The key is a clearly stated directive. Maybe some of you know what you expect your host country to do, but for myself, I am unclear. By stating a directive, you may reduce the number of people willing to commit civil disobedience, but you will increase their loyalty, I think.

  3. Let us assume for a minute that a global campaign of repetitive acts of non-violent civil disobedience does have a positive effect on our nation’s leaders. What exactly would we be pushing them to do? Can we simply ride on the ask of “establish a viable plan on solving the crisis in Darfur”, or is that too general? I tend to the latter. I believe that before we can even talk tactics, we must iron out a specific set of policies we wish to see carried out. I think what Ms. Hamilton is insinuating (and please do correct me if I am wrong), is that the most we can do as activists is apply pressure to our own governments, who in turn can only implement certain foreign policies that would hopefully work to resolve the crisis. So before we jump right in, shouldn’t we come together on what those foreign policies would be? Personally, I have too little faith that if our government is left to its own will (even if that will has been imposed by activist efforts), that it will come up with the right plan for Sudan.

    I think whatever activist strategies we use, whether it be civil disobedience or something else, they will have to focus on restoring our threat credibility in the eyes of the GoS. They have called our bluff time and time again (and by “our”, I mean the international community, not just the US), and now are fearless.

    To tie all this into Ms. Hamilton’s original question, what next for the Darfur movement, I think what we need is 1) A reminder and reality check of how bad the situation still is, 2) A viable plan that the entire activist community can get behind, and 3) Substantial results that will not discourage the movement but instead motivate us to keep working. This conflict has been going on for six years – most people, including activists, assume that the situation is no longer grave, that there is no longer a need for urgent action. A proper wake up call is necessary. But until the community can come together as one movement, it will not matter how much compassion or motivation we have – without becoming unified, we will all keep fighting each other for the same goal (as we have been since this movement began) … and even if we all come behind one plan – if we see no substantial progress, the movement will constantly lose steam.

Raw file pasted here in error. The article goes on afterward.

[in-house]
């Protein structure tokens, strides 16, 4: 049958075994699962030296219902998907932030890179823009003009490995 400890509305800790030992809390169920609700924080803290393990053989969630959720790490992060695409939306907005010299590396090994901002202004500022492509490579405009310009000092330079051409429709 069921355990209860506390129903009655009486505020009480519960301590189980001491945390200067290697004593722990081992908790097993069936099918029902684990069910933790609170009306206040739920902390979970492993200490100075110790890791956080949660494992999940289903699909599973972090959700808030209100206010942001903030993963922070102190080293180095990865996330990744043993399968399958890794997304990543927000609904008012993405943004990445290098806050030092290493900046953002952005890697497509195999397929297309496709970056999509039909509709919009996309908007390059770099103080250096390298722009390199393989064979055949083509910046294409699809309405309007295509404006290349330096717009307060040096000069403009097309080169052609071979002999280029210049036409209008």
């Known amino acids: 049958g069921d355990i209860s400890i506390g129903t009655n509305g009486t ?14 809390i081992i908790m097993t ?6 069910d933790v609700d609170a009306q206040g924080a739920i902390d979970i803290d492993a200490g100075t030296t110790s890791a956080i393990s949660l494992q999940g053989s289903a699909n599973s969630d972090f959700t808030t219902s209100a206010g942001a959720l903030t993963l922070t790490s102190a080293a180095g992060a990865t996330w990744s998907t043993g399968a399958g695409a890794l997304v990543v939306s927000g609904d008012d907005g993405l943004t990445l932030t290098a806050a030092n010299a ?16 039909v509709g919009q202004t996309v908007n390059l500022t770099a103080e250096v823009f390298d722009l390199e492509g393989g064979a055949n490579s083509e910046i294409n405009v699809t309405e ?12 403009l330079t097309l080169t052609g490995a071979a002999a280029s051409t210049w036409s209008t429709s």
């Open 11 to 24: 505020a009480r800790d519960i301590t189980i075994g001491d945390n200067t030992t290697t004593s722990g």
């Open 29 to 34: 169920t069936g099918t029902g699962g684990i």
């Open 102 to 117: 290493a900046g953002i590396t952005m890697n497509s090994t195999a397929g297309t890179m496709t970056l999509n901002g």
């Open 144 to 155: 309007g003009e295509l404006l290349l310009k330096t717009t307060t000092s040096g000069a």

4. Dear Sunish
    I don’t think that “the most we can do as activists is apply pressure to our own governments” – although I do think that is where activism has it’s greatest “value added” – for want a better term.
    There’s a lot in your comment that gets us to the heart of the difficulties – Namely activists need to have a viable policy in mind if for no other reason than not to be “duped” by politicians saying they are doing something on Darfur to appease activists, without really do what is needed to create change on the ground. On the other hand, getting into policy prescriptions has a tendency (or at least has until now had a tendency) to divide the advocacy community which, in turn, weakens its impact on the “applying pressure” metric.
    If there was a specific policy that everyone could get behind, then we would not be at this “impasse”, which is why I said in my intro that in terms of the root of the current problem, my money is that it lies at the policy end of the spectrum. So I guess it’s an ongoing process of getting to a point where there is a set of policy asks concrete enough not to allow the government to appear to be doing something when all they are doing is making noises that will appease activists, yet general enough that it doesn’t create such splits among the diverse advocacy community that their ability to create pressure is weakened. Which is all very easy to say, and yet extremely hard to turn into practice while there are continuing disagreements about what the facts on the ground actually are. . .